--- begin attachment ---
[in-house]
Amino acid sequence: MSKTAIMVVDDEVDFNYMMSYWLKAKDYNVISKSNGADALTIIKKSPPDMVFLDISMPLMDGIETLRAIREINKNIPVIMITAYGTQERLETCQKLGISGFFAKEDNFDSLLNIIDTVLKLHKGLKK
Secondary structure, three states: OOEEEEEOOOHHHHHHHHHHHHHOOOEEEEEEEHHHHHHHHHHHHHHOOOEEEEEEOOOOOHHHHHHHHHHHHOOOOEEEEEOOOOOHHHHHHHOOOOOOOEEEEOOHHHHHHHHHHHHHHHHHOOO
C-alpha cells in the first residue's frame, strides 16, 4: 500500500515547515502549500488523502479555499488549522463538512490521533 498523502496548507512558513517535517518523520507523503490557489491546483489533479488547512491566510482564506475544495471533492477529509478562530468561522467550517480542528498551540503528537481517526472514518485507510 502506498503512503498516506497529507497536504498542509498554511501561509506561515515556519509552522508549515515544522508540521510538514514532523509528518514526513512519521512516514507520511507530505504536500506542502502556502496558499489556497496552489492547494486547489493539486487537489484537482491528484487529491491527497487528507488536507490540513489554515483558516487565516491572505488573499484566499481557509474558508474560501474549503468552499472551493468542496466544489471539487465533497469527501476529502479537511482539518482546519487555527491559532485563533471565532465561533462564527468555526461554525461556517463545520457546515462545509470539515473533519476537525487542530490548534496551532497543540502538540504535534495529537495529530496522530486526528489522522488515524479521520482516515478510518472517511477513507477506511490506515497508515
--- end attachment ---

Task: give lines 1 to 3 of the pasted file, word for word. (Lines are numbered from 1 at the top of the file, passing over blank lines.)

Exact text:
[in-house]
Amino acid sequence: MSKTAIMVVDDEVDFNYMMSYWLKAKDYNVISKSNGADALTIIKKSPPDMVFLDISMPLMDGIETLRAIREINKNIPVIMITAYGTQERLETCQKLGISGFFAKEDNFDSLLNIIDTVLKLHKGLKK
Secondary structure, three states: OOEEEEEOOOHHHHHHHHHHHHHOOOEEEEEEEHHHHHHHHHHHHHHOOOEEEEEEOOOOOHHHHHHHHHHHHOOOOEEEEEOOOOOHHHHHHHOOOOOOOEEEEOOHHHHHHHHHHHHHHHHHOOO